Brian Stone is Director of Valuation Services for Forest Resource Consultants. His article outlines an opportunity to improve timberland returns by managing your property tax burden.
As compared to other states, Georgia has the highest ad valorem (property) taxes in the southern U.S. Thus, one of the largest expenditures for many timberland owners in Georgia is their annual property tax payment. The often-exorbitant property taxes have a negative impact on timberland’s investment value (net present value) and financial returns over the long term, especially with lower timber revenues given the current economic climate. However, many landowners do have options to reduce their property tax obligations and improve long-term returns from growing timber.
From January until April of each year, landowners are allowed to file a property tax return (referred to as a declaration of value) with their local taxing authorities. This makes the first few months of the year an appropriate time for landowners to review their property’s assessed values. Areas that are commonly examined include acreage and/or land classification corrections, adjoining parcel mergers, and the possibility of enrollment in tax-saving conservation covenants. Unless your local county assessors have made significant errors in evaluating your property, enrollment in tax-saving programs such as the 10-year Conservation Use Value Assessment (CUVA) or the 15-year Forest Land Protection Act (FLPA) is likely your best opportunity to significantly reduce your annual property tax expenses. Since these covenants require a landowner to keep the property in agricultural use for 10 or 15 years, individual investment horizons and disposition strategies may impact enrollment decisions. Nevertheless, the importance of properly evaluating this tax-saving opportunity has been magnified by the current timberland investment environment where rates of return are contracting due to increased buyer competition (for large, investment-graded timberland properties), lower stumpage prices, and numerous other factors.
What’s the financial benefit of enrolling my timberland in a tax-saving covenant?
Based on valuation analyses this firm has performed on multiple timberland ownerships of varying size and location throughout Georgia, we have observed how enrollment in FLPA (and the resulting reduction in taxes) positively affects Internal Rate of Return (IRR) and Net Present Value (NPV). For the majority of the ownerships reviewed using a 20-year planning horizon, enrollment has increased IRR 25 to 60 basis points with an average increase of 45 basis points. The corresponding increase in NPV associated with enrollment ranged from $70 to $125 per acre with an average increase of $95 per acre. It must be noted that a few exceptions were observed where the county tax appraiser had appropriately set the property’s “market value” at levels commensurate with the Georgia Department of Revenue’s CUVA and FLPA timberland value schedule. In these instances, the upside associated with enrollment was virtually eliminated. Considering the notable negative impact of high annual property taxes, the opportunity to improve financial returns and value through enrollment in a FLPA or CUVA covenant should be very enticing to most landowners and managers. In fact, there is little to no downside in enrollment for most rural timberland owners who plan to continue to manage their property for timber production.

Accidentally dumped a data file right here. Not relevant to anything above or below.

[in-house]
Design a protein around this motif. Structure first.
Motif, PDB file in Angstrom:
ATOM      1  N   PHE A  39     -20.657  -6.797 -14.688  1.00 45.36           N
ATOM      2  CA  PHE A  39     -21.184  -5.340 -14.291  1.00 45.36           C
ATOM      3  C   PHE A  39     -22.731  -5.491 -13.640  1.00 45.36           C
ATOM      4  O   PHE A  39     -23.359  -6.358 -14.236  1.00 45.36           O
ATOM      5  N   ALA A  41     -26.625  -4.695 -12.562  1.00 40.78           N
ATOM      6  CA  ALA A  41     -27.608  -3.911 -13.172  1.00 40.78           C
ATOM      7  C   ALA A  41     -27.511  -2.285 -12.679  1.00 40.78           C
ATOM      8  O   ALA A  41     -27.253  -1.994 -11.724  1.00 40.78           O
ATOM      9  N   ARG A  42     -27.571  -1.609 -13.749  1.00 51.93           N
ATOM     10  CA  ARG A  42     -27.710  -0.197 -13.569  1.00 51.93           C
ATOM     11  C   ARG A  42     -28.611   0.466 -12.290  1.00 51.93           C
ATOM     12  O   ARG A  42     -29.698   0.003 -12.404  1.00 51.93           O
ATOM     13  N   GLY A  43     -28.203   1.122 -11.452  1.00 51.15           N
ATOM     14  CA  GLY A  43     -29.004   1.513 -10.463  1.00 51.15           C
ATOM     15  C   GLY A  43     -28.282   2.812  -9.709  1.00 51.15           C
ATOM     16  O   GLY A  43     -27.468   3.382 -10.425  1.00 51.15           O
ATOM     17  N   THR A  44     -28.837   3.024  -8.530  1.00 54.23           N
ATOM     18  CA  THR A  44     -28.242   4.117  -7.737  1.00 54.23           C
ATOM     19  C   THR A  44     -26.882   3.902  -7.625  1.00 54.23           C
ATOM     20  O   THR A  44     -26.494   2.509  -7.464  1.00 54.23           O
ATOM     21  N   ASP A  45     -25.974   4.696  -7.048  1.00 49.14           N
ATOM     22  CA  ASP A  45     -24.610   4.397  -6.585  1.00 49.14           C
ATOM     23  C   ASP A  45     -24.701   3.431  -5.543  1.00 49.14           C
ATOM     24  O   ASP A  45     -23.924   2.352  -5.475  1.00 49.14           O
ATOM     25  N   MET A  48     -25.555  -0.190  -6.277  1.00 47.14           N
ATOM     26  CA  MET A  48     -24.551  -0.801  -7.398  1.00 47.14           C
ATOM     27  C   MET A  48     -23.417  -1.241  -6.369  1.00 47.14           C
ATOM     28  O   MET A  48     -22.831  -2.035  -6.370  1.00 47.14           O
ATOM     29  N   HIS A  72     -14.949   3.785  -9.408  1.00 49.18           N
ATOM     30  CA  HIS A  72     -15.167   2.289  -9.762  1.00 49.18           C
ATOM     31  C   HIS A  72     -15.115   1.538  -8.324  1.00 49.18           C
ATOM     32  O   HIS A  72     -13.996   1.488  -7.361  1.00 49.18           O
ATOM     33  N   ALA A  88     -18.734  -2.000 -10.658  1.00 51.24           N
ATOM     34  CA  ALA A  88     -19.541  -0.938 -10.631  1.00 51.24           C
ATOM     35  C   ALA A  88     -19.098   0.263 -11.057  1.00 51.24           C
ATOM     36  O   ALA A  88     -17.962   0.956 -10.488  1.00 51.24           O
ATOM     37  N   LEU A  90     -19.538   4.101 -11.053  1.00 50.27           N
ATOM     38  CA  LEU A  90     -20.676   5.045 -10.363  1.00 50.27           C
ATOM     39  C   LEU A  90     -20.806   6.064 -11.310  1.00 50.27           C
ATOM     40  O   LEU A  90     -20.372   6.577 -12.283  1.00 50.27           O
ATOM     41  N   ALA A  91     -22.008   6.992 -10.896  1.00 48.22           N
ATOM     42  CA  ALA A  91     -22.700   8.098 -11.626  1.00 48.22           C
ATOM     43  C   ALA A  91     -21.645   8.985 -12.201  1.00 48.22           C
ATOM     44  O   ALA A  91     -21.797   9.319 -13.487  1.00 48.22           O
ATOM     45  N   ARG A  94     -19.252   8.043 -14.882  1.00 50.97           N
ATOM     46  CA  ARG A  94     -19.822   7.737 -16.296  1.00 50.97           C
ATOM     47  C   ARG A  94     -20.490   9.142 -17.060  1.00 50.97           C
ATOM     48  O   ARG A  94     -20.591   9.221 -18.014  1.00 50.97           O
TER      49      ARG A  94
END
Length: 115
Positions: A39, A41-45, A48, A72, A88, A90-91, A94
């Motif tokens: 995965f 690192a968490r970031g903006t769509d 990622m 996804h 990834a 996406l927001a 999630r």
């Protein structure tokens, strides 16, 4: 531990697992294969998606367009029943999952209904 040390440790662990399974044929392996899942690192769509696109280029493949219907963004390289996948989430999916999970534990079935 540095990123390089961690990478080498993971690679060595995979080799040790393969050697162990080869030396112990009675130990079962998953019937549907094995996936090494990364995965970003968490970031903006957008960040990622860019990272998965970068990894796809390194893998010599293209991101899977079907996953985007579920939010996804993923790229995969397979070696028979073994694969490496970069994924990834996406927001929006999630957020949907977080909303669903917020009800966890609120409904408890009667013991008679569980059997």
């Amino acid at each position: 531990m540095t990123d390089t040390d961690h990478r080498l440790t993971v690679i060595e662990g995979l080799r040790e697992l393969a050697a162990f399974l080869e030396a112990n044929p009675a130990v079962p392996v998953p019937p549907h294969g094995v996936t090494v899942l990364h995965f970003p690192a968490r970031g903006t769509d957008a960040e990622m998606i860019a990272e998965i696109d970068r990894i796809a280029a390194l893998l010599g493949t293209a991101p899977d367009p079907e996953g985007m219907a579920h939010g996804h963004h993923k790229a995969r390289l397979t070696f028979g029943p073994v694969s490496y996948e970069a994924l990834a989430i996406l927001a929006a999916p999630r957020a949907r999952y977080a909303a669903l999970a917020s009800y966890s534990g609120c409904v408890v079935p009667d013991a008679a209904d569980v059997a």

What are the steps in the enrollment process?
First, a landowner should determine which tax-saving covenant, either CUVA or FLPA, best fits their ownership scenario and investment objectives. Both programs carry penalties if the covenant is breached, so consideration must be given before entering into an agreement. CUVA requires a minimum parcel size of 10 acres with a maximum statewide enrollment of 2,000 acres per owner. FLPA requires a minimum parcel size of 200 acres with no acreage enrollment cap. Once you have determined which covenant best fits your situation, an evaluation of each parcel in your ownership should be conducted with a realistic view toward possible future changes in use. It is important to remember that enrollment is not an all or none proposition. In the end, there may be a group of tax parcels that you decide not to enroll given their future potential for transition to more valuable use (such as residential development, etc.). Finally, enroll your property in as many separate covenant agreements as possible. Enrolling each tax parcel as a separate covenant agreement (as long as it meets minimum acreage requirements) will help mitigate risk associated with breaching penalties, if that situation were ever to occur. Also, group several smaller adjoining tax parcels together in a single covenant agreement (if necessary) to meet the minimum acreage requirement. After completing the enrollment process, you should begin to enjoy a reduction in annual expenses from tax savings that will ultimately lead to increased long-term returns.
Please contact FRC if you have any questions or need assistance in evaluating property tax assessment values, tax-saving conservation covenant program options, or if you are in need of other appraisal services in the management of your timberland assets.